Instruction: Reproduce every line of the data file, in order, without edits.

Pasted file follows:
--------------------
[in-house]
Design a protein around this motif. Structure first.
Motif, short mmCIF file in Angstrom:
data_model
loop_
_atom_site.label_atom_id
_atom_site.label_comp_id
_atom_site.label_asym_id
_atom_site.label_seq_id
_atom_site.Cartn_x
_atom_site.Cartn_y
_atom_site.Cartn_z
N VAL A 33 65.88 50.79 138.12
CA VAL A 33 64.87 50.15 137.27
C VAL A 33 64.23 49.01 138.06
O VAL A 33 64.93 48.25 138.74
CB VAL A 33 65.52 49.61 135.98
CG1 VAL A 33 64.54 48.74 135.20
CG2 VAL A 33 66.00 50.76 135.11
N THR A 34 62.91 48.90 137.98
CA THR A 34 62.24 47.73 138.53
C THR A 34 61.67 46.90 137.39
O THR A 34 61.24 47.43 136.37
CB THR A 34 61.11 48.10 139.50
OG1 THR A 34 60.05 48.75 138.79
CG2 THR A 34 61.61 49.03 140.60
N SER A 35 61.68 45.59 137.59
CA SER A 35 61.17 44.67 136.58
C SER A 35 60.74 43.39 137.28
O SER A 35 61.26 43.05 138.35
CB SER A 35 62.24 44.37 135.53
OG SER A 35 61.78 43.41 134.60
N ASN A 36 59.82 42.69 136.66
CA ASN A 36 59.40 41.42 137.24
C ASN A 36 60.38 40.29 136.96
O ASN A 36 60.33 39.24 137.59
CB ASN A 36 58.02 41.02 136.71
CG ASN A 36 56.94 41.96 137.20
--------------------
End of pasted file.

[in-house]
Design a protein around this motif. Structure first.
Motif, short mmCIF file in Angstrom:
data_model
loop_
_atom_site.label_atom_id
_atom_site.label_comp_id
_atom_site.label_asym_id
_atom_site.label_seq_id
_atom_site.Cartn_x
_atom_site.Cartn_y
_atom_site.Cartn_z
N VAL A 33 65.88 50.79 138.12
CA VAL A 33 64.87 50.15 137.27
C VAL A 33 64.23 49.01 138.06
O VAL A 33 64.93 48.25 138.74
CB VAL A 33 65.52 49.61 135.98
CG1 VAL A 33 64.54 48.74 135.20
CG2 VAL A 33 66.00 50.76 135.11
N THR A 34 62.91 48.90 137.98
CA THR A 34 62.24 47.73 138.53
C THR A 34 61.67 46.90 137.39
O THR A 34 61.24 47.43 136.37
CB THR A 34 61.11 48.10 139.50
OG1 THR A 34 60.05 48.75 138.79
CG2 THR A 34 61.61 49.03 140.60
N SER A 35 61.68 45.59 137.59
CA SER A 35 61.17 44.67 136.58
C SER A 35 60.74 43.39 137.28
O SER A 35 61.26 43.05 138.35
CB SER A 35 62.24 44.37 135.53
OG SER A 35 61.78 43.41 134.60
N ASN A 36 59.82 42.69 136.66
CA ASN A 36 59.40 41.42 137.24
C ASN A 36 60.38 40.29 136.96
O ASN A 36 60.33 39.24 137.59
CB ASN A 36 58.02 41.02 136.71
CG ASN A 36 56.94 41.96 137.20